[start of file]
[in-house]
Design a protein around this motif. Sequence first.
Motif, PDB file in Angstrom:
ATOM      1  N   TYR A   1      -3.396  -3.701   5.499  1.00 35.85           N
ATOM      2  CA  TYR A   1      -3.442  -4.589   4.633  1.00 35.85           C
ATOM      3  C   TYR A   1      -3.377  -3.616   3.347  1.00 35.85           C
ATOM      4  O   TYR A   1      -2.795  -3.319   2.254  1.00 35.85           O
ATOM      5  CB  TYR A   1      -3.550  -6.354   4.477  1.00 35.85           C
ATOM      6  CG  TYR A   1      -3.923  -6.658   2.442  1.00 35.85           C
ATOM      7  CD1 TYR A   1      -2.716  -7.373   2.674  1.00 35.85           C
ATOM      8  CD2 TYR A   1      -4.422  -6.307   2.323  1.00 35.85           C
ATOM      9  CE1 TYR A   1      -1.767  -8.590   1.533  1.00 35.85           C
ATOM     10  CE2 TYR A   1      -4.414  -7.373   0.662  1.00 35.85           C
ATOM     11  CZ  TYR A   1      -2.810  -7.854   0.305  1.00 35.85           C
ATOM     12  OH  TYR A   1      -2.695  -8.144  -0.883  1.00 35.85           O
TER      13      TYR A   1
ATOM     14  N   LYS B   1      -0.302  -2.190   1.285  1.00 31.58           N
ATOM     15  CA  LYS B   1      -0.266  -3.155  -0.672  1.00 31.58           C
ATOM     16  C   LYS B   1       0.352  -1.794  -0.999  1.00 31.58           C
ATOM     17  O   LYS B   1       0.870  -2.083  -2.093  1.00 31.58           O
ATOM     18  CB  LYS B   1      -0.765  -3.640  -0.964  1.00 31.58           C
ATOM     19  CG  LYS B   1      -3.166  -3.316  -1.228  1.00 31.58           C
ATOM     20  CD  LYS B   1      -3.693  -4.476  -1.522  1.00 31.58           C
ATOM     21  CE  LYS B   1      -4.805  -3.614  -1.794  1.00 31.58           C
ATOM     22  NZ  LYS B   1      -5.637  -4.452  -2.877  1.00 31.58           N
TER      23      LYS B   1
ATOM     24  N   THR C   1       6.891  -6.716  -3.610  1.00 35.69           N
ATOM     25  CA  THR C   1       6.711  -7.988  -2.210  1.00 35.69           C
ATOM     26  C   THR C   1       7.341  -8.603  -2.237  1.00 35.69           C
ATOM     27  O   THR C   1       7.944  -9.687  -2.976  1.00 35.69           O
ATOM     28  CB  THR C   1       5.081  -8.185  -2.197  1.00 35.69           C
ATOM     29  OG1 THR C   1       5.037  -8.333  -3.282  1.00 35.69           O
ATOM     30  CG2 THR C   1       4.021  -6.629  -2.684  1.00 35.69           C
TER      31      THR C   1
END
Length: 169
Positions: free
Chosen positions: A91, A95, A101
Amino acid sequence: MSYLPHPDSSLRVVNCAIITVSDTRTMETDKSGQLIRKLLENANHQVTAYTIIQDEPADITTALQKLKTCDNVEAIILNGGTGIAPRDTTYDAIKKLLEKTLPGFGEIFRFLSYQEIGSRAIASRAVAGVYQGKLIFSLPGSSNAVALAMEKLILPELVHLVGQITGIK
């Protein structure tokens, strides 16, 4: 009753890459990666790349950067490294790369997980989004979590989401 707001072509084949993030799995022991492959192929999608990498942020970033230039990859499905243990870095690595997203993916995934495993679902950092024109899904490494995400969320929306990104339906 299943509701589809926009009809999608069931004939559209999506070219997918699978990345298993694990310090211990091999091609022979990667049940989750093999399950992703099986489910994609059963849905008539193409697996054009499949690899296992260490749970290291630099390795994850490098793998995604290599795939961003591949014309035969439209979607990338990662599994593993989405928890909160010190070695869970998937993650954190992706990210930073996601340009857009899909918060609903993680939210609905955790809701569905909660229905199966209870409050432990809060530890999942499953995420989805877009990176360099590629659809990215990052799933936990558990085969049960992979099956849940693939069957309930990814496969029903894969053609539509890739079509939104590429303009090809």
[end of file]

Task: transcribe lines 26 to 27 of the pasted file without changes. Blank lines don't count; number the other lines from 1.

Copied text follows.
TER      23      LYS B   1
ATOM     24  N   THR C   1       6.891  -6.716  -3.610  1.00 35.69           N